This is a qualitative–quantitative study based on hospital records of female patients of reproductive age, presenting sexual dysfunction, and treated with 250 mg Tribulus terrestris extract (1 tablet thrice daily for 90 days). Safety monitoring included vital signs, physical examination, laboratory tests, and occurrence of adverse events. Efficacy analysis included results of the Female Sexual Function Index (FSFI), dehydroepiandrosterone (DHEA) levels together with total and free testosterone, and the patient and physician assessments. There was a statistically significant improvement in total FSFI scores (P < 0.0001) post-treatment, with improvement among 106 (88.33%) subjects. There was a statistically significant (P < 0.0001) increase in the level of DHEA, while the levels of both serum testosterone (P = 0.284) and free testosterone decreased (P < 0.0001). Most adverse events recorded were related to the gastrointestinal tract. Physical examination showed no significant changes post-treatment. Based on the results, it is concluded that the T. terrestris extract is safe and effective in the treatment of female sexual dysfunction. PMID:25574150

  15. Historical revolutions in sex therapy: a critical examination of men's sexual dysfunctions and their treatment.

    PubMed

    Berry, Michael D

    2013-01-01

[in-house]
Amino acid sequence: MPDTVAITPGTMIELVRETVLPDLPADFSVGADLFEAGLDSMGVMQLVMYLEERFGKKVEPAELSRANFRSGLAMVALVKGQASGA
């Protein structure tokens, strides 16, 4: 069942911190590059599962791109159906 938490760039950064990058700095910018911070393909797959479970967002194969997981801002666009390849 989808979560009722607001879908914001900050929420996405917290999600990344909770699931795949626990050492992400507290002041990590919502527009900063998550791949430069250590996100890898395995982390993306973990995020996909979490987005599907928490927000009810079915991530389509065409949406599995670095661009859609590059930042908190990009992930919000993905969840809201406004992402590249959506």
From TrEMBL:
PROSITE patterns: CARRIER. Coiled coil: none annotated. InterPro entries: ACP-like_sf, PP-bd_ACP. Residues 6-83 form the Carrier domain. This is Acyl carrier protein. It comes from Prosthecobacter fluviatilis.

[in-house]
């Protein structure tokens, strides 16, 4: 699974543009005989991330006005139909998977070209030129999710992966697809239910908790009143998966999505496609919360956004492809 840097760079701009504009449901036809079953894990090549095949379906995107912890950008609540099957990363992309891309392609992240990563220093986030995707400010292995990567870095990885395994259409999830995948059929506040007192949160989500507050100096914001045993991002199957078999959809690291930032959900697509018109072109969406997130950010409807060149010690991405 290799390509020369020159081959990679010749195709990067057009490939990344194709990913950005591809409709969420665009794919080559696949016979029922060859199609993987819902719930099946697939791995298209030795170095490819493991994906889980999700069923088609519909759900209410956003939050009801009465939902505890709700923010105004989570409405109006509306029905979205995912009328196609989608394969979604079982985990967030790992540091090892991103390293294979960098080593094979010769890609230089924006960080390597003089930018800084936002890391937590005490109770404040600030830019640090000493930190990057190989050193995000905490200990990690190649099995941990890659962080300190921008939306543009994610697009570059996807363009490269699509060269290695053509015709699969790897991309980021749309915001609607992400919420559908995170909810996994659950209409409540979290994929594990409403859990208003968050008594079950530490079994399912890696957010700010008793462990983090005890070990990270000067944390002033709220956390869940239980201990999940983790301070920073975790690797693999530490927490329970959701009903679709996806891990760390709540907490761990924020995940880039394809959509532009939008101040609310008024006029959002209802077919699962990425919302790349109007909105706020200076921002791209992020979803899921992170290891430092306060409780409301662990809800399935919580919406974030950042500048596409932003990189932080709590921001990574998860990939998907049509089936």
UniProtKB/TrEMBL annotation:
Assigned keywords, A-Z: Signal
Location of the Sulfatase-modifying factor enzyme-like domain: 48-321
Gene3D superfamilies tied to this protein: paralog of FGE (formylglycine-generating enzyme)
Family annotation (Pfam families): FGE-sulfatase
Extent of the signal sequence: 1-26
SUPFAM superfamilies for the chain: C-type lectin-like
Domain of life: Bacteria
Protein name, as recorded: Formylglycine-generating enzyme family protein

History, recent and ancient, presents innumerable methods intended to ensure or restore male sexual performance. Although these methods have regularly claimed to be "revolutionary," they have often been remarkably similar, and of questionably efficacy. This article provides a critical account of key historical trends in the treatment of male sexual dysfunctions in order to contextualize and critique the current treatment field. The author uses historical analysis to contextualize contemporary sex therapy techniques, arguing that even clinically verified contemporary revolutions, such as the advent of Viagra and similar drugs, may not present broadly efficacious standalone cures. Using critical historical analysis to illustrate the limitations of single-method treatments, the article argues for the value of comprehensive, biopsychosocial therapy methods. A common tendency--to seek a 'magic bullet' solution to sexual dysfunctions--is apparent throughout history, the author argues. While Viagra differs biomedically from historical treatments, it may appeal to the same logic, raising the question of whether it constitutes a truly revolutionary development in treatment. The article concludes with a set of recommendations regarding the implementation of biopsychosocial practice in sex therapy.